Researchers optimized content using different tactics and tested which of those on-page optimization tactics helped pages to come up in more AI answers.
The most effective optimization tactics were found to be:
- Adding quotes from recognized experts (this one performed the best)
- Citing authoritative sources
- Adding statistics
All these three content optimization tactics make a lot of sense even if you are not trying to optimize for generative AI. But if you needed an additional incentive to start implementing them in your content strategy, here it is.
The least effective tactics were:
- Adding more keywords
- Adding unique industry terminology
It is a good start and something to implement in your content strategy. Less focus on keyword matching and more focus on adding trust-building elements, like authoritative sources and quotes from experts.
I am sure there will be more and more studies like these shedding more light on what it is AI engines are looking for when generating their answers.
Google’s Search Generative Experience (SGE) is an experimental feature that generates an AI answer on top of search results in response to a user’s query. Sometimes it triggers an AI snapshot right away (pushing organic results down) and sometimes it invites a user to click a button to generate an answer.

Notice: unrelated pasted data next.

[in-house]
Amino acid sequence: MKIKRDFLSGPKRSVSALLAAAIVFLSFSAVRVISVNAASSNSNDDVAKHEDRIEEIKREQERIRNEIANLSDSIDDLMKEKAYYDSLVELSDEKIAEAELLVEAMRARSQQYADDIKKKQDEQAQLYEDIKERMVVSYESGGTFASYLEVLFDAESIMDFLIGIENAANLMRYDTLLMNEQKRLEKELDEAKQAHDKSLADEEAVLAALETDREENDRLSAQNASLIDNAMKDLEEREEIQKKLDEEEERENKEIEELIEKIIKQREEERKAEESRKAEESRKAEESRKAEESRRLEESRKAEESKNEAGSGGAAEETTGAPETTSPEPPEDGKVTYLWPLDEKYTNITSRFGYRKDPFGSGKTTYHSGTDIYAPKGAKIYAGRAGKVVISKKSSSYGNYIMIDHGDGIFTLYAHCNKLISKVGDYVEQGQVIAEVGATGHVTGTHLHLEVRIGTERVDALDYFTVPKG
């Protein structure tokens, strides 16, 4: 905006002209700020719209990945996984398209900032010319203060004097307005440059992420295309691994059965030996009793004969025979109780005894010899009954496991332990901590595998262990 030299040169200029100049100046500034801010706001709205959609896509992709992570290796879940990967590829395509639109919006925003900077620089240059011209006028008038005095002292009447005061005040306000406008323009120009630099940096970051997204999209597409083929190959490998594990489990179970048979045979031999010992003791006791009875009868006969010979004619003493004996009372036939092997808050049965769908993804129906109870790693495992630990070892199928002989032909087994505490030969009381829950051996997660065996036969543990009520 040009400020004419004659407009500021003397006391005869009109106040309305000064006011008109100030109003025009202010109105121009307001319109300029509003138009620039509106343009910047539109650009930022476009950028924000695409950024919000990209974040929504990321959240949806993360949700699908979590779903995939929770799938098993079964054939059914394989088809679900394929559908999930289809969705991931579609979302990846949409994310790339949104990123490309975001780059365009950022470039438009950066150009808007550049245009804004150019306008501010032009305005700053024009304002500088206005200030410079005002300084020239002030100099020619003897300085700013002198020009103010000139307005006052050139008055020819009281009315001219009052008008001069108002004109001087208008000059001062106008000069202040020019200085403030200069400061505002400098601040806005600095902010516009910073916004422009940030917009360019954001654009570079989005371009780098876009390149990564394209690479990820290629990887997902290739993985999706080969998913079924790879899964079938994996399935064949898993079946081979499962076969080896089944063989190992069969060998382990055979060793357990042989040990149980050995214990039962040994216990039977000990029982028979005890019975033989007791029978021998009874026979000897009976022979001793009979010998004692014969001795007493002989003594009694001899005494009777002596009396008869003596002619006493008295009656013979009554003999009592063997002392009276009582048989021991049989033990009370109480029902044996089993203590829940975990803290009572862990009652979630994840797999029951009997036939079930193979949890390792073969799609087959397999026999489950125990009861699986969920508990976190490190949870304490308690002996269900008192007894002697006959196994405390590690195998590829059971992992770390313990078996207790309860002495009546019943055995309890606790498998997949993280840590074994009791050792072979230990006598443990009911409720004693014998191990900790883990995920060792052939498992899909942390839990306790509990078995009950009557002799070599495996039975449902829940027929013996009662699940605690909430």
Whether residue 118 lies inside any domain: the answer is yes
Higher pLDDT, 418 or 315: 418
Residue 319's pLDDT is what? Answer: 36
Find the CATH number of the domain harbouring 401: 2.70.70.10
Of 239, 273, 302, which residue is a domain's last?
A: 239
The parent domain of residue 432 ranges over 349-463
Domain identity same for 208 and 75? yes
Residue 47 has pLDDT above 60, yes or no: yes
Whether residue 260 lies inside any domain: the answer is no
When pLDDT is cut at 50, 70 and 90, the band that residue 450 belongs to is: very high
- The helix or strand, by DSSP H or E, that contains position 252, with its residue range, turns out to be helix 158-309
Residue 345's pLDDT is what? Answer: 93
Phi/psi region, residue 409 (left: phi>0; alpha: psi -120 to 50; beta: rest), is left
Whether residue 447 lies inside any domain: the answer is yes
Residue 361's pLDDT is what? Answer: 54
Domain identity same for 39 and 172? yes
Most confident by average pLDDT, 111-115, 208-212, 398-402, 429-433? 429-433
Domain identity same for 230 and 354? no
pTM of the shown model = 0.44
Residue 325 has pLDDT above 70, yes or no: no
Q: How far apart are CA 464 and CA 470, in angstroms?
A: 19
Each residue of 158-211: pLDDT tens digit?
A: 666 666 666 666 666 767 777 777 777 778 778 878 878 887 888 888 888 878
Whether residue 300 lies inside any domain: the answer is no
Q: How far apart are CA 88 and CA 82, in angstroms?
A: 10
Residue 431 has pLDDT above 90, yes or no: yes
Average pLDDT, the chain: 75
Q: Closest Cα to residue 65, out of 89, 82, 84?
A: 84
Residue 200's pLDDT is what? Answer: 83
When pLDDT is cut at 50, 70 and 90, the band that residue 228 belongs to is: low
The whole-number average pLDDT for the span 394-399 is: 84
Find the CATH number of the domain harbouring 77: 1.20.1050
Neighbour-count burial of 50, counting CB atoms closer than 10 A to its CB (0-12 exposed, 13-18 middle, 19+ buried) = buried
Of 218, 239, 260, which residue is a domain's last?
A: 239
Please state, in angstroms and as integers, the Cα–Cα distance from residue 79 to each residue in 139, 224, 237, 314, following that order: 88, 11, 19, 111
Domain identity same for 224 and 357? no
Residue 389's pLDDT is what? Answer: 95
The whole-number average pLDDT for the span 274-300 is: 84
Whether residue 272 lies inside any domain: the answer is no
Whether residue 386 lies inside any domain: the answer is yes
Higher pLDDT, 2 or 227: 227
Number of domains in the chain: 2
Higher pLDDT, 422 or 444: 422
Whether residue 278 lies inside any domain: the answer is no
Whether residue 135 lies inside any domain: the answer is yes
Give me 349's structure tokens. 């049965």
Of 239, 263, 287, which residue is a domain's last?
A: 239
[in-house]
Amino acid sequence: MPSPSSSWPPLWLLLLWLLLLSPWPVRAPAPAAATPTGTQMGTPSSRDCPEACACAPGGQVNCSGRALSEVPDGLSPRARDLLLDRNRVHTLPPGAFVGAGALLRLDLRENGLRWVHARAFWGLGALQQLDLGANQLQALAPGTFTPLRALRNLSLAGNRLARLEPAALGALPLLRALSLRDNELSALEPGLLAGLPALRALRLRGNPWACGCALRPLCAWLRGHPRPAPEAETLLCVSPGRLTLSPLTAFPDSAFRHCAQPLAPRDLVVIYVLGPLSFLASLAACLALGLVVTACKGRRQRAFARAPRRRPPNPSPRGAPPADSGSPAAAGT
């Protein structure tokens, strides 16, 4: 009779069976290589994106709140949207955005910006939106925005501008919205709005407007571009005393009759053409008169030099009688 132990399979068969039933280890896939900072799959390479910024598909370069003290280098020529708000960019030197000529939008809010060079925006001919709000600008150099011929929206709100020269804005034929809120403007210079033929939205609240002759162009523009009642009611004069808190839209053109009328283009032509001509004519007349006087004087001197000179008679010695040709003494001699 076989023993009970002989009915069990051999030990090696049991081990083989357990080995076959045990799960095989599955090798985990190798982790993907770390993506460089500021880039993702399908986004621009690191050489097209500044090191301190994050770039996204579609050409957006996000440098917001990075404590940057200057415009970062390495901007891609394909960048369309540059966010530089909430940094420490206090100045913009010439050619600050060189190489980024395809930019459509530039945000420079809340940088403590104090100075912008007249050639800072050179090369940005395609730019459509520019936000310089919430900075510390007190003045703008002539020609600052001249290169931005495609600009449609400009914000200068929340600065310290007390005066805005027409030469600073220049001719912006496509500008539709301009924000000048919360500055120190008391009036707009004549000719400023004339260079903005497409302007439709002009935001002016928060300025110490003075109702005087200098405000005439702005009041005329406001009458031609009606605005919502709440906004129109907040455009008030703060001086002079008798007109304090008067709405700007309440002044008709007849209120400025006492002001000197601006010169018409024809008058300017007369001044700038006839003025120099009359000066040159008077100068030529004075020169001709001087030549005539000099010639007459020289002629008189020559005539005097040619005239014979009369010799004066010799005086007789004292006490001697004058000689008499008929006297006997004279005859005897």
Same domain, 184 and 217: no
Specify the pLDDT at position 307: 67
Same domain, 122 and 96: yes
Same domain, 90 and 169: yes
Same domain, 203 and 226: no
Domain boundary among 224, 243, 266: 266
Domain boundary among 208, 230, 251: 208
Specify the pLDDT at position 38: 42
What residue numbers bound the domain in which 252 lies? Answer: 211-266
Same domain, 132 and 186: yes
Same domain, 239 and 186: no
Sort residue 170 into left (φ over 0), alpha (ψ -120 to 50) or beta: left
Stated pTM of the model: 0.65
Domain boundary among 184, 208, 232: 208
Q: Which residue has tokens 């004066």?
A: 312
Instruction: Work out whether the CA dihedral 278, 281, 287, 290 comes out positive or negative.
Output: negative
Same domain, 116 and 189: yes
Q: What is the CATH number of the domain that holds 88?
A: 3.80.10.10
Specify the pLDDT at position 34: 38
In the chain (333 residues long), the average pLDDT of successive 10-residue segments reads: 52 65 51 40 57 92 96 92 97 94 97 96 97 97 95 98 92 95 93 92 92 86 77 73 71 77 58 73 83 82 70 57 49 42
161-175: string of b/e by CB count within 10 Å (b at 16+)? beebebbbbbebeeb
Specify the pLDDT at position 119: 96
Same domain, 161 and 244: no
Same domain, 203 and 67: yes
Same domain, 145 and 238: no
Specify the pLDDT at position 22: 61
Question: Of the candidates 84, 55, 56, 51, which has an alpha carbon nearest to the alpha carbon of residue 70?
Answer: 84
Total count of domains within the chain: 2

This is what it looks like:
When SGE goes public (which is quite likely because Google extended the experiment to many more countries later last year, so they are getting serious about this!), organic traffic will suffer a dramatic decrease because searchers will be encouraged to engage with AI snapshots instead of scrolling down to organic listings.
For this reason, I am discussing this generative engine in a separate section. It is quite different from standalone AI solutions:
Unlike other AI solutions, with SGE we know exactly which information it is using to generate answers.
- If your URL is indexed by Google, it is being used by SGE knowledge. Moreover, there were several studies that found a strong correlation between ranking in the top 10 and being surfaced by Google’s AI snapshots.
- If your brand is in Google’s Knowledge Base (i.e. there’s a Knowledge Panel showing up when you search for your brand name), it is being used by SGE. Moreover, being in Google’s Knowledge Panel is a strong signal you will likely show up in related AI snapshots. Once again, becoming a brand (i.e. entity) is key!
- Having your product feeds in Google’s Merchant Center means SGE knows about your products, deals, and product reviews.
- If your local business exists as Google’s My Business entity (and better yet, it is verified), SGE knows about it.
In this sense, SGE is much more predictable than any other AI platform. I hope Google will also come up with some tracking solution (just like they did for Discover) which will make the optimization strategy even easier and more predictable for it.
Google’s SGE patent goes into much detail on how AI snapshots work. One big takeaway from that patent is that SGE responds to: